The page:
Freya catches Pennyroyal secretly broadcasting a radio message requesting his rescue, and he admits he lied about traveling to America. Chased by Arkangel, Anchorage is captured by the Huntsmen, who leave it helpless on the ice. Tom and Hester return to the city; Hester liberates the inhabitants, killing Masgard and the Hunstmen in the process, whilst Tom confronts Pennyroyal, who accidentally shoots him in the chest. Pennyroyal then steals the Jenny Haniver and escapes. Arkangel still pursues Anchorage, but becomes trapped over thin ice, and Anchorage drifts out to sea on an ice floe.

Caul returns to Anchorage with the Reykjavík map and convinces the city to continue despite Pennyroyal's fraud. Meanwhile, Pennyroyal escapes to the Hunting Ground and publishes a book reimagining his time in Anchorage with himself as the hero, and Arkangel is evacuated and eventually sinks to the bottom of the ocean. In Asia, the Green Storm, under the leadership of the Stalker Fang, topples the old Anti-Traction League. Anchorage eventually arrives in North America to find it verdant and lush. Hester takes comfort knowing the city is safe, and discovers that she is pregnant.

Infernal Devices[edit]

Sixteen years later, most inhabitants of the now-static city Anchorage-in-Vineland are happy with their new lives, except Wren Natsworthy, the teenage daughter of Tom and Hester. One night, she encounters three Lost Boys—Remora, Fishcake, and their older leader Gargle—who have come to Anchorage in search of the Tin Book, an artifact that contains the activation codes for orbital weapons left over from the Sixty Minute War. Gargle persuades Wren to join them.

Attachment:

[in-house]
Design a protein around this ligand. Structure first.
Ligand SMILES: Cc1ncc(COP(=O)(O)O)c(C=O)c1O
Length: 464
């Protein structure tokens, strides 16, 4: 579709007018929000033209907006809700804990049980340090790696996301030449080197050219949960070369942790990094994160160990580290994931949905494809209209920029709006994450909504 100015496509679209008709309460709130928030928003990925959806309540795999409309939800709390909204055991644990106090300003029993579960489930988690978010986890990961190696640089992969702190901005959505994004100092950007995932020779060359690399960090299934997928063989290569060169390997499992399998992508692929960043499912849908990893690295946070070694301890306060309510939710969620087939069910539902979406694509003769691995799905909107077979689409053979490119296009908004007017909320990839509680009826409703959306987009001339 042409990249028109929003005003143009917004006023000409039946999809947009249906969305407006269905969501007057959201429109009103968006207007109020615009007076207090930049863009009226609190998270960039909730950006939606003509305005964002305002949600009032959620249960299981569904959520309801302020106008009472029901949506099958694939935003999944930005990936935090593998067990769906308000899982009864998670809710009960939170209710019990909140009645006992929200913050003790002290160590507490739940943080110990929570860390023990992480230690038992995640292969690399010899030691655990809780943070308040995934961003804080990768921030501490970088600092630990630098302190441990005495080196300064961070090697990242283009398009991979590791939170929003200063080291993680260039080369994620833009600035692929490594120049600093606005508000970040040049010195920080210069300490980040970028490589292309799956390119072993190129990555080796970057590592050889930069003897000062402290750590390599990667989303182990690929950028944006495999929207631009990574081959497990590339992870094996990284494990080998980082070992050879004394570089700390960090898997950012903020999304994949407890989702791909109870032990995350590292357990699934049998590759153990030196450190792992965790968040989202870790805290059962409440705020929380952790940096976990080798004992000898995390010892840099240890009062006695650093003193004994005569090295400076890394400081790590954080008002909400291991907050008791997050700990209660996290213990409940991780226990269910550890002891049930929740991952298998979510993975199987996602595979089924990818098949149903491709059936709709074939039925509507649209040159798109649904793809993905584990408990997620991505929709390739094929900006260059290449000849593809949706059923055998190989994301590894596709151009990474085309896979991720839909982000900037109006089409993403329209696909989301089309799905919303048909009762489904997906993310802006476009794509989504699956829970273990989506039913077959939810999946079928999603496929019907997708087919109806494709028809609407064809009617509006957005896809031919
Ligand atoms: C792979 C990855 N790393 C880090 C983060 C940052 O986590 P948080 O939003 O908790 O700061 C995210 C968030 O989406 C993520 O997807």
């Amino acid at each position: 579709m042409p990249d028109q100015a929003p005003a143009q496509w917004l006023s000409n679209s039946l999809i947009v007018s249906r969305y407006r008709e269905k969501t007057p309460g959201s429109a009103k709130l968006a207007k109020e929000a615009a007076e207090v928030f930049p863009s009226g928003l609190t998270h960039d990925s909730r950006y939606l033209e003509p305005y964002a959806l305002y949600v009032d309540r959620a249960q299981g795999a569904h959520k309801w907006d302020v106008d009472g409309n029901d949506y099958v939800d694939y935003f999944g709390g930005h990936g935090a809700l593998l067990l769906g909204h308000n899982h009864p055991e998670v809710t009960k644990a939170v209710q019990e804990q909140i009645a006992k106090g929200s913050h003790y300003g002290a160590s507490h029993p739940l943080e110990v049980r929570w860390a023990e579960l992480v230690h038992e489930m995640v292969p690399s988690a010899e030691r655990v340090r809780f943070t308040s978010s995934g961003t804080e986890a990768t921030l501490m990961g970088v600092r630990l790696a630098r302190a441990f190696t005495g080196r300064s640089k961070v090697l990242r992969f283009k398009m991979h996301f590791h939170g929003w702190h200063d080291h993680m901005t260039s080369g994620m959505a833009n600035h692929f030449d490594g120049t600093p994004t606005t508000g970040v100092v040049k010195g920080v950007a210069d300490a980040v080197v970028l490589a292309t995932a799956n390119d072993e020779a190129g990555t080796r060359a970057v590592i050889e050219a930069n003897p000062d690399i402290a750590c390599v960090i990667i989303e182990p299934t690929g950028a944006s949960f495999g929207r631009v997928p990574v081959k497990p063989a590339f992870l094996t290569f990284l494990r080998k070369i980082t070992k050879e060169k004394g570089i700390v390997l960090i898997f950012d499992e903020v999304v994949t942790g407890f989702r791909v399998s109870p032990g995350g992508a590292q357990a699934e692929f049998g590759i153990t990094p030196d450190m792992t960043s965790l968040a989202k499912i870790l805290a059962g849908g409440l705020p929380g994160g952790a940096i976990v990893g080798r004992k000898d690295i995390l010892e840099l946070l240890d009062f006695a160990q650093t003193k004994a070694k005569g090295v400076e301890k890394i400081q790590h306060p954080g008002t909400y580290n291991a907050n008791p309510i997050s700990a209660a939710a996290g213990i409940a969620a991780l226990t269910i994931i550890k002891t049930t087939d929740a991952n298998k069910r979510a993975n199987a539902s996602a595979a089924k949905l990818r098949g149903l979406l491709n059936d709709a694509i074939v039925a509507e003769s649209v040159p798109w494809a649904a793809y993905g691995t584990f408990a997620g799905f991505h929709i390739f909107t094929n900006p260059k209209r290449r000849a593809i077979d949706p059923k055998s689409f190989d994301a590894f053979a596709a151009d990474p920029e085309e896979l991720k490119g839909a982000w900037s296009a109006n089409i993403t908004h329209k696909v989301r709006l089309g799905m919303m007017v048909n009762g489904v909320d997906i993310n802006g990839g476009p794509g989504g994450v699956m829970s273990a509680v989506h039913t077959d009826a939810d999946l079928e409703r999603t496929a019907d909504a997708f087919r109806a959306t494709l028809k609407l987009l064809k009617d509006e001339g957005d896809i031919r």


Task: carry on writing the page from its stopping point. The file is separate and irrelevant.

Unaware that Gargle intends to sell the Book to the Stalker Fang, Wren steals it from the palace library. Meanwhile, Caul alerts Tom and Hester that Wren is missing. Believing that Wren is in danger, Hester shoots and kills Gargle and Remora. Devastated, Fishcake kidnaps Wren with the intention of taking her to Grimsby, but changes course after receiving an enticing communication from the raft resort of Brighton. Upon arrival at Brighton, the two are enslaved, the communication being a ruse. Nabisco Skhin, owner of the slave trade company, interrogates Fishcake, who reveals the location of Grimsby, prompting Brighton to destroy it with depth charges. Wren convinces Skhin to give them over to Nimrod Pennyroyal, now Mayor of Brighton, whom she can blackmail. When Skhin takes Wren to Cloud 9, Pennyroyal's floating palace above Brighton, she double-crosses Skhin and gives the Tin Book to Pennyroyal.

Tom, Hester, Caul, and Freya travel to Grimsby to save Wren, but upon arriving at the wrecked city, learn from Uncle that Wren is likely in Brighton. Uncle is killed, and Tom and Hester leave to find Wren, whilst Caul and Freya return to Anchorage with the remaining Lost Boys.